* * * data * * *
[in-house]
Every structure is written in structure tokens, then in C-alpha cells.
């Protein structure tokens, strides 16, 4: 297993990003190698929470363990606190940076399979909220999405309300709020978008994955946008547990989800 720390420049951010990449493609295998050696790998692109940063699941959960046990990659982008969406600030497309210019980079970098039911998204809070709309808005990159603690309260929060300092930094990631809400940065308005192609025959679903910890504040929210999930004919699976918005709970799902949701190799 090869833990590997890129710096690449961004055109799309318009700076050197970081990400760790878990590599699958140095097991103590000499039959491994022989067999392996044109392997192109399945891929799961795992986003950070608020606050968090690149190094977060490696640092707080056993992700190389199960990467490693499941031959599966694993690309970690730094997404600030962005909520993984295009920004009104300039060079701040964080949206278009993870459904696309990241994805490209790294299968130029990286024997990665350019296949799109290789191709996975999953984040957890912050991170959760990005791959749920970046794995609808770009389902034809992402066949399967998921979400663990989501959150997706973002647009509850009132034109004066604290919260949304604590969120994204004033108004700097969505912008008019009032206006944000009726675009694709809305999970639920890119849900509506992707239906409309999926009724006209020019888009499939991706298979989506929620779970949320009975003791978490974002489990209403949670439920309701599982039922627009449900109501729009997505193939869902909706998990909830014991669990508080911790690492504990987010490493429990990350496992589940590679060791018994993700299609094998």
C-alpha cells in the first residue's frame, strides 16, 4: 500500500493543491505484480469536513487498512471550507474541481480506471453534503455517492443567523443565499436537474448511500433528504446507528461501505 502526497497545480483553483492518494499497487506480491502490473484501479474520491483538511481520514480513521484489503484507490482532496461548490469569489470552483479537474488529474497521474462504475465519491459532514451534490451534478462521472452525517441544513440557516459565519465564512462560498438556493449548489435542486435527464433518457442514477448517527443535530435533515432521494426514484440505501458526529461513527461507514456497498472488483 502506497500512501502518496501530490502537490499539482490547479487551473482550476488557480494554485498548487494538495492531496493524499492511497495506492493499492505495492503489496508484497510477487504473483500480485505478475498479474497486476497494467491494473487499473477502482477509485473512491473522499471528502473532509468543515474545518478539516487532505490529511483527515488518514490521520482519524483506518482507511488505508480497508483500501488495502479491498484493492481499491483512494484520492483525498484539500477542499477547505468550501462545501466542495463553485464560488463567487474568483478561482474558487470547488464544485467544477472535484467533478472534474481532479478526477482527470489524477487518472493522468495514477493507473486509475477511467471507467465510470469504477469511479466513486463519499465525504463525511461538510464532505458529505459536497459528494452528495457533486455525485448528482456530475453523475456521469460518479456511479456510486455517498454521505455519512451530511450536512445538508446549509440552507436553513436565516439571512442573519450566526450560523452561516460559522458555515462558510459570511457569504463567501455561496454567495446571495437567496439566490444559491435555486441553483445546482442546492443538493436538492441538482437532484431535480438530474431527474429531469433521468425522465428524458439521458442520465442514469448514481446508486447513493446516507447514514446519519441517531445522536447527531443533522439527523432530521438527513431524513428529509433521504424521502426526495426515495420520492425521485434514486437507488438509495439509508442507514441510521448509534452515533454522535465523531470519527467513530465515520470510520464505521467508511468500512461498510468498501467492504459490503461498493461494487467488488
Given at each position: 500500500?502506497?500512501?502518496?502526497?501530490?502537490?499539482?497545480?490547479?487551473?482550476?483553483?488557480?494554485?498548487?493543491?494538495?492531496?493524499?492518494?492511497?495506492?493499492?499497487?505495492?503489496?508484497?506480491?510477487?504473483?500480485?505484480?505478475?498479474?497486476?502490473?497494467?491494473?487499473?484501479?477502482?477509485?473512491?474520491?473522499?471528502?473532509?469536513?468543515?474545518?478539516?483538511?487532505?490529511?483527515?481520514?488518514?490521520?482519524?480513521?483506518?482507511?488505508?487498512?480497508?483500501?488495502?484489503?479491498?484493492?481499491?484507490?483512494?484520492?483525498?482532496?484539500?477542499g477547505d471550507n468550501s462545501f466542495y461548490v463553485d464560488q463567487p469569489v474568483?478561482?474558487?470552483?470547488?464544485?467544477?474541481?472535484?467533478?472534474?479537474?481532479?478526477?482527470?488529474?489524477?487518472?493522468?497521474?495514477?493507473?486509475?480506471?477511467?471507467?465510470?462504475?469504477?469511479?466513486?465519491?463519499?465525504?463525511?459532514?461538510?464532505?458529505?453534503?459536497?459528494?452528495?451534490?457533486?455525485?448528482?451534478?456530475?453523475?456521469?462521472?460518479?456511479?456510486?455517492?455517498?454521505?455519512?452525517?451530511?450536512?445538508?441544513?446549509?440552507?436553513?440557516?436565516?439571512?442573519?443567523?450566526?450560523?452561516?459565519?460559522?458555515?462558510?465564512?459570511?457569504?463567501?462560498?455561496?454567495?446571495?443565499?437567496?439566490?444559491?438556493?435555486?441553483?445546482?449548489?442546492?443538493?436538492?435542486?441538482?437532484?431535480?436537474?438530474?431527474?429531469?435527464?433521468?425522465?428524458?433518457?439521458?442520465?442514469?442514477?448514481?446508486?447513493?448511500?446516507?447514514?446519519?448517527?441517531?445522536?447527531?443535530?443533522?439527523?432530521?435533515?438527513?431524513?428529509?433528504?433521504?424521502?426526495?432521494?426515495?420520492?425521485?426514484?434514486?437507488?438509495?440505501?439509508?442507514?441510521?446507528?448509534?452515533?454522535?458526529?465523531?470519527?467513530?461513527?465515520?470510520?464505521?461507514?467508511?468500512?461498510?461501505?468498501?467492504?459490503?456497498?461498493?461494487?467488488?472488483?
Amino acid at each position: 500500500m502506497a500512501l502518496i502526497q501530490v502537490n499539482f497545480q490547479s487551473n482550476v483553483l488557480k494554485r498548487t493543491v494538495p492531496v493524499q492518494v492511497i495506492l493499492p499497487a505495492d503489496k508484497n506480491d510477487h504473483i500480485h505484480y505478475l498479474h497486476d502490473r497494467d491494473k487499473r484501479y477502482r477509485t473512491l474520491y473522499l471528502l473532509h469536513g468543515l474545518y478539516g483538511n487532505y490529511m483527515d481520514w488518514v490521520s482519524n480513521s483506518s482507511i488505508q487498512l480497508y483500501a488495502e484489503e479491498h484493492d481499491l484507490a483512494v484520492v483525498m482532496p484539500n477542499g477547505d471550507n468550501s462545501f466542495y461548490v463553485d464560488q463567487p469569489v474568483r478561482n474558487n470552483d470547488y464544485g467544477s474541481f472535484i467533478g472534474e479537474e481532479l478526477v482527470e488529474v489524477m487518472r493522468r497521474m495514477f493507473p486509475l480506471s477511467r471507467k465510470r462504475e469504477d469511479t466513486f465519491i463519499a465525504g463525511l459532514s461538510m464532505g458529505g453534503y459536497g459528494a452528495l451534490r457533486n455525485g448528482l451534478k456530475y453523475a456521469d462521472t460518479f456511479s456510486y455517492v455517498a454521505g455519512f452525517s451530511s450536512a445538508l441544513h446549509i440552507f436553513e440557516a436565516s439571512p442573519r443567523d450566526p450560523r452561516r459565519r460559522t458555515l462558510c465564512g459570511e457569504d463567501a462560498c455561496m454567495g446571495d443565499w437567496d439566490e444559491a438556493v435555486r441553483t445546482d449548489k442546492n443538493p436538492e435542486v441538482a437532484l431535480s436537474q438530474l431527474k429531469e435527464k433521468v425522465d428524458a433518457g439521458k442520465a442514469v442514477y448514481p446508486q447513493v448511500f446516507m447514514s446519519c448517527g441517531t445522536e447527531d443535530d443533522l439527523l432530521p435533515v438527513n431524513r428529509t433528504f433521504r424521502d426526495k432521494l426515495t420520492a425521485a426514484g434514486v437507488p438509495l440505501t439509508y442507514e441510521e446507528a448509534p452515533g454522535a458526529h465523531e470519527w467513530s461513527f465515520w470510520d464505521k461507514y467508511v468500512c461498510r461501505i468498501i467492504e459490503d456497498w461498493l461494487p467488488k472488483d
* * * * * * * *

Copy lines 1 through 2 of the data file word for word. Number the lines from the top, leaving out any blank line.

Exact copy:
[in-house]
Every structure is written in structure tokens, then in C-alpha cells.